Waterloo Public Housing Action Group
Following the NSW Government’s announcement of the Waterloo Metro Station, the Waterloo Redevelopment Precinct was identified as a State Significant Development to redevelop the area to accommodate the increased population the Metro Station is expected to service. A significant portion of the redevelopment precinct is covered by the Waterloo Public Housing Estate (the Estate), a large collection of public housing complexes situated within the inner Sydney city suburb of Waterloo, and plans have been announced to redevelopment the entire Estate into a mix of private and public housing, at a ratio of 70/30 respectively. The new Precinct will be redeveloped according to the Waterloo Redevelopment Precinct Master Plan (the Master Plan) developed by NSW Government, through Urban Growth.
Negotiations are currently underway between representatives of the estate, collectively organized as the Waterloo Public Housing Action Group (WPHAG) and NSW Land Housing Corporation (LAHC) to ensure the Masterplan considers the needs of the large existing community of tenants and to ensure a net positive outcome for both parties is achieved.
To ensure the needs of such a large number of tenants is captured, the WPHAG has established the Future Planning Centre (FPC) within the estate, and through the space, seek to capture the needs and desires of the tenants to be incorporated into the Masterplan.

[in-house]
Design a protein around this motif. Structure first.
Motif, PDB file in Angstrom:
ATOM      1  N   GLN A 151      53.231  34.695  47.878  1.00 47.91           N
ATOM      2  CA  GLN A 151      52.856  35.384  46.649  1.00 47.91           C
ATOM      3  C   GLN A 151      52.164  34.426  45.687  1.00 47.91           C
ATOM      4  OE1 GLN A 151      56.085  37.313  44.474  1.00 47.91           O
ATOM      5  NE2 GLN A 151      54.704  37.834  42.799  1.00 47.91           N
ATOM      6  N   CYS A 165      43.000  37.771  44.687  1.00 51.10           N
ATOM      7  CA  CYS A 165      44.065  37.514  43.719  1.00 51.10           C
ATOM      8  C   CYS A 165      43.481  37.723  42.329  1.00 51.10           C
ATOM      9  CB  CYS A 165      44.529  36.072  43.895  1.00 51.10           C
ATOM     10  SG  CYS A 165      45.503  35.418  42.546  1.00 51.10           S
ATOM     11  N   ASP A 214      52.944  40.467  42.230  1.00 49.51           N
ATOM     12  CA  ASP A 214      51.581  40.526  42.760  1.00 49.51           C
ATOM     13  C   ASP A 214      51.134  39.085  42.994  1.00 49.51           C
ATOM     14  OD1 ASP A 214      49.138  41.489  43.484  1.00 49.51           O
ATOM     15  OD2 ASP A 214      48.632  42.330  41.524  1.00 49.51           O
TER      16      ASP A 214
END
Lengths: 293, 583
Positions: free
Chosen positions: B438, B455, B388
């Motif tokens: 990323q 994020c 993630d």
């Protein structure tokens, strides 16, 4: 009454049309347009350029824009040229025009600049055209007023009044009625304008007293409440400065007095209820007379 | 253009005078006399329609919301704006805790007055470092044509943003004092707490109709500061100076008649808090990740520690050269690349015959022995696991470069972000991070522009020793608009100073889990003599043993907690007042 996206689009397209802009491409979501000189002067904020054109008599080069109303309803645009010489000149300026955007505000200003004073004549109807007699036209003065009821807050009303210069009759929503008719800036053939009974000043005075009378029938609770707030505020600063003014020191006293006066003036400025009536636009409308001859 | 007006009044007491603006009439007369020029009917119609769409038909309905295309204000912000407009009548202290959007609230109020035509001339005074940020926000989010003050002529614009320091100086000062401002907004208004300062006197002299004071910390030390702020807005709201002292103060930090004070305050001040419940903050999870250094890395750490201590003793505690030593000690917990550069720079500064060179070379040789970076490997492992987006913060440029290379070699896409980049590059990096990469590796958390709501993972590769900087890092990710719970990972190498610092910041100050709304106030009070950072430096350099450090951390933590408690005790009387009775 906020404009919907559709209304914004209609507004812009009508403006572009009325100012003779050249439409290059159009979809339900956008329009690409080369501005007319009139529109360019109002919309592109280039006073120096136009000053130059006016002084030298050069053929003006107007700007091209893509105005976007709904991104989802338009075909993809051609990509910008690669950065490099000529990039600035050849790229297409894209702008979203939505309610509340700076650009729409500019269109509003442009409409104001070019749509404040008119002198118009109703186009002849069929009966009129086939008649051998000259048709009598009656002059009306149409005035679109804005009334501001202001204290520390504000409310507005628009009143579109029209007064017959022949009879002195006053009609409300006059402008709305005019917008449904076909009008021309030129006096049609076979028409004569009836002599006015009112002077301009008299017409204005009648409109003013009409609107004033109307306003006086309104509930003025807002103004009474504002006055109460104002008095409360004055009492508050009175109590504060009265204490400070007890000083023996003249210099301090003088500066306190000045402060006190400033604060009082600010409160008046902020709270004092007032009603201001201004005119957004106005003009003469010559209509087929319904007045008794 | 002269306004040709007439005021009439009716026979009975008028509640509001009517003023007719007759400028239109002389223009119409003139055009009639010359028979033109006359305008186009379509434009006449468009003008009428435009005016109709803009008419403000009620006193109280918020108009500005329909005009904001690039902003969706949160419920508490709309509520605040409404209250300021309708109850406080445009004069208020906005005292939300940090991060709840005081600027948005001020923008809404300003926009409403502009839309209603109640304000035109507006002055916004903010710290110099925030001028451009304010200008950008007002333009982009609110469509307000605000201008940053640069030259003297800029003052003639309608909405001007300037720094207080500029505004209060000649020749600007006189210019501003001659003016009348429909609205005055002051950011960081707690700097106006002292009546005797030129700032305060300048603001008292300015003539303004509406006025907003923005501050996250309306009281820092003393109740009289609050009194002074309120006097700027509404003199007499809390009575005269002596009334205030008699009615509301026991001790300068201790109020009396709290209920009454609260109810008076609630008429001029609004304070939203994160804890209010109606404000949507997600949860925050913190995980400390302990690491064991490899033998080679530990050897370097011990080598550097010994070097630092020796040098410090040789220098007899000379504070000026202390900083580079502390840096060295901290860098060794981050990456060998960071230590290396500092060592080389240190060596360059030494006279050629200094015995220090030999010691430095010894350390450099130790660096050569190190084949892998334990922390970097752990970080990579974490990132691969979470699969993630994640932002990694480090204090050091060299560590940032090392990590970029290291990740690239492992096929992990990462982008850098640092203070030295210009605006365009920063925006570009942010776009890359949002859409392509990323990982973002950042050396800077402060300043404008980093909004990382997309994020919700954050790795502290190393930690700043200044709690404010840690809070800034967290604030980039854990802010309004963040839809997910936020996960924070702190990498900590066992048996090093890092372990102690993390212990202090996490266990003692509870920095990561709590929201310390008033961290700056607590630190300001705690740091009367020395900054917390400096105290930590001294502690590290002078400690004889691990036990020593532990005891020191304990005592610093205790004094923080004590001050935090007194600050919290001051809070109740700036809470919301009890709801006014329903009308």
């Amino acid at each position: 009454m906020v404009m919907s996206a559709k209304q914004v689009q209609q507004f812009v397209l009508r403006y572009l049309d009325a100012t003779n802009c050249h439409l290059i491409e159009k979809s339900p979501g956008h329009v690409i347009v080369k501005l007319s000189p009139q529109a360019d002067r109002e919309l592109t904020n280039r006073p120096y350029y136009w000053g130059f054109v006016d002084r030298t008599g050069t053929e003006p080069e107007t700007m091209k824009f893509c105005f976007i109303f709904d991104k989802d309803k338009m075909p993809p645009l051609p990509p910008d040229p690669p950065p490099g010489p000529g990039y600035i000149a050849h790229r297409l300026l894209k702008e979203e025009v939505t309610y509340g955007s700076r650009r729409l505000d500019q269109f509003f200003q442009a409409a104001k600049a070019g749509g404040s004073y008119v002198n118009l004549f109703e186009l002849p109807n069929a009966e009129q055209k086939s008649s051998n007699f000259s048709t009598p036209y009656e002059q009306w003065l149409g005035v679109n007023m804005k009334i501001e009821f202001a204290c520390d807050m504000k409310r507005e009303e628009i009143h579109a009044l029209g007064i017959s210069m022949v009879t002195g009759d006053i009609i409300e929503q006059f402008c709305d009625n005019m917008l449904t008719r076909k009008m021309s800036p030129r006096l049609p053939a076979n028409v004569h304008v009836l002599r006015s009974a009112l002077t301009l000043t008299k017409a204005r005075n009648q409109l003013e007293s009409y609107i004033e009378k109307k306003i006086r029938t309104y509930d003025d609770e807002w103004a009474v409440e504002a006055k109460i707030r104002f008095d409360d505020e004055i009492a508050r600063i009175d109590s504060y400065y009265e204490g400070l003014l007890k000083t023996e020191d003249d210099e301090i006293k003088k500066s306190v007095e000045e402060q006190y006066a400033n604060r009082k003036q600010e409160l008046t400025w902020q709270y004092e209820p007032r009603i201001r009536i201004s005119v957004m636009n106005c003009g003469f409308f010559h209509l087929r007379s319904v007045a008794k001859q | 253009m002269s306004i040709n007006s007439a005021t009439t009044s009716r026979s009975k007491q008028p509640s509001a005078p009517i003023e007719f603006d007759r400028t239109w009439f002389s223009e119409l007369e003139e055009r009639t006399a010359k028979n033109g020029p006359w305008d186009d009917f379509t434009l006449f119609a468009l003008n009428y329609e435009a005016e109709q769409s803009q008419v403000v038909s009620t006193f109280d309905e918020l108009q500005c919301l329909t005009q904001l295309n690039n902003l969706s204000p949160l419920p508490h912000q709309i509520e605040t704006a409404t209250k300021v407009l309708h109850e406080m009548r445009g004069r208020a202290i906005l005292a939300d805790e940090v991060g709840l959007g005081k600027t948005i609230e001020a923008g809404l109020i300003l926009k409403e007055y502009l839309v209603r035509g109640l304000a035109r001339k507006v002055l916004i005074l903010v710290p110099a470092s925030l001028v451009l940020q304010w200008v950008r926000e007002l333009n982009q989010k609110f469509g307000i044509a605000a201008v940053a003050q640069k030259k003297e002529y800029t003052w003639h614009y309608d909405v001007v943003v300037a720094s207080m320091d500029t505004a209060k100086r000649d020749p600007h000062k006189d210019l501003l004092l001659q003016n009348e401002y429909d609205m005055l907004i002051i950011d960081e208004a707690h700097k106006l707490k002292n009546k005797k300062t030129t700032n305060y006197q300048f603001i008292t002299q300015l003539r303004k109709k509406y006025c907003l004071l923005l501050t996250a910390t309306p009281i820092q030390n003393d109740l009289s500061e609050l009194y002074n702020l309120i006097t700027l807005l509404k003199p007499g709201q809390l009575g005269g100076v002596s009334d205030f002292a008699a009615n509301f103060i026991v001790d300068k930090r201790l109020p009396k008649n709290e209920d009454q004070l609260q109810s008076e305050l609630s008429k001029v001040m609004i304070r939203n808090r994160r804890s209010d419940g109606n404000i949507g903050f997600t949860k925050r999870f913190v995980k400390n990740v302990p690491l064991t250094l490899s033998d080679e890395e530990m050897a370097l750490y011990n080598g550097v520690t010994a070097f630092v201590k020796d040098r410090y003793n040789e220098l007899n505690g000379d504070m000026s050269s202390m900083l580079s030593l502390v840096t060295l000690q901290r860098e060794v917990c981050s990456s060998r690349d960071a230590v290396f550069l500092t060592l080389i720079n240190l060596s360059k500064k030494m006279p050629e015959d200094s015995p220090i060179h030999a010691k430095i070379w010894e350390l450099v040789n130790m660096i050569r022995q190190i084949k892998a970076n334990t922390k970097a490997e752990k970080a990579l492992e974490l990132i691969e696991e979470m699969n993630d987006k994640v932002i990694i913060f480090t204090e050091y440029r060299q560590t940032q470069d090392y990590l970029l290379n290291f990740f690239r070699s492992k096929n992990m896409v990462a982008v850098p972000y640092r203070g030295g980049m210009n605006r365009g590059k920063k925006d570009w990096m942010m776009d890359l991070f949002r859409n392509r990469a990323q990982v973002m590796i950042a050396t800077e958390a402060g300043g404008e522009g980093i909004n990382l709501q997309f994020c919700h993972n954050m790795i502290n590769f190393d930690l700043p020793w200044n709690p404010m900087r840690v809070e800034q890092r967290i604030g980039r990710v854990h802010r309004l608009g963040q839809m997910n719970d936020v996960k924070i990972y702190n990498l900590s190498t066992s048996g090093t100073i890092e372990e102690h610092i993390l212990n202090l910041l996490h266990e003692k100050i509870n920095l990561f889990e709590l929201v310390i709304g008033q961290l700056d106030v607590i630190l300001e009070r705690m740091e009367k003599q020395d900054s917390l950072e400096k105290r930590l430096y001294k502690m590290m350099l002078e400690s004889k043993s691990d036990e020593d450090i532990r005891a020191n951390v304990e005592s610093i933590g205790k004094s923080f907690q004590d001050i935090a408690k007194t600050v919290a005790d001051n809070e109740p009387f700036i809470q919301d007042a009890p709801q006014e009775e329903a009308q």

Vigilanti have been assisting WPHAG in researching and documenting various aspects of the Estate in preparation for their formal submissions to LAHC. This includes consultating the needs and wants from the community of social housing residents, gathering community feedback on how the Estate should be redeveloped to be inclusive of the existing residents in the future and how to minimise impact on the community during the redevelopment process.
As part of our initial research and consultation with the community, we’ve found a strong desire to preserve and celebrate the contribution that the community gardens of the Estate have played in fortifying the community. In particular, the three largest gardens, Cook, Marton and Solander gardens, were established by community members over 20 years ago and stand as a symbol of the bond, spirit, and tenacity of the residents of Waterloo and embody their spirit of advocacy and self-improvement that the community takes pride in. The gardens are currently managed by a community run organisation, the Waterloo Residents Market Gardens Association.
In an effort to save the gardens and document their history, we worked in collaboration WPHAG and WRMGA to complete a full report and documentation of the history and contributions of the community gardens and the role they played in the history of the Estate, and propose strategies for how it should be preserved through the redevelopment.
This report was submitted to Land and Housing Corporation for consideration in developing their master planning proposals for the redevelopment of the Estate.
In May 2018, at the end of the initial official government community consultation period, also know as the Visioning period, a report was released by Kathy Jones Associates (KJA) of their community consultation methodology and results obtained.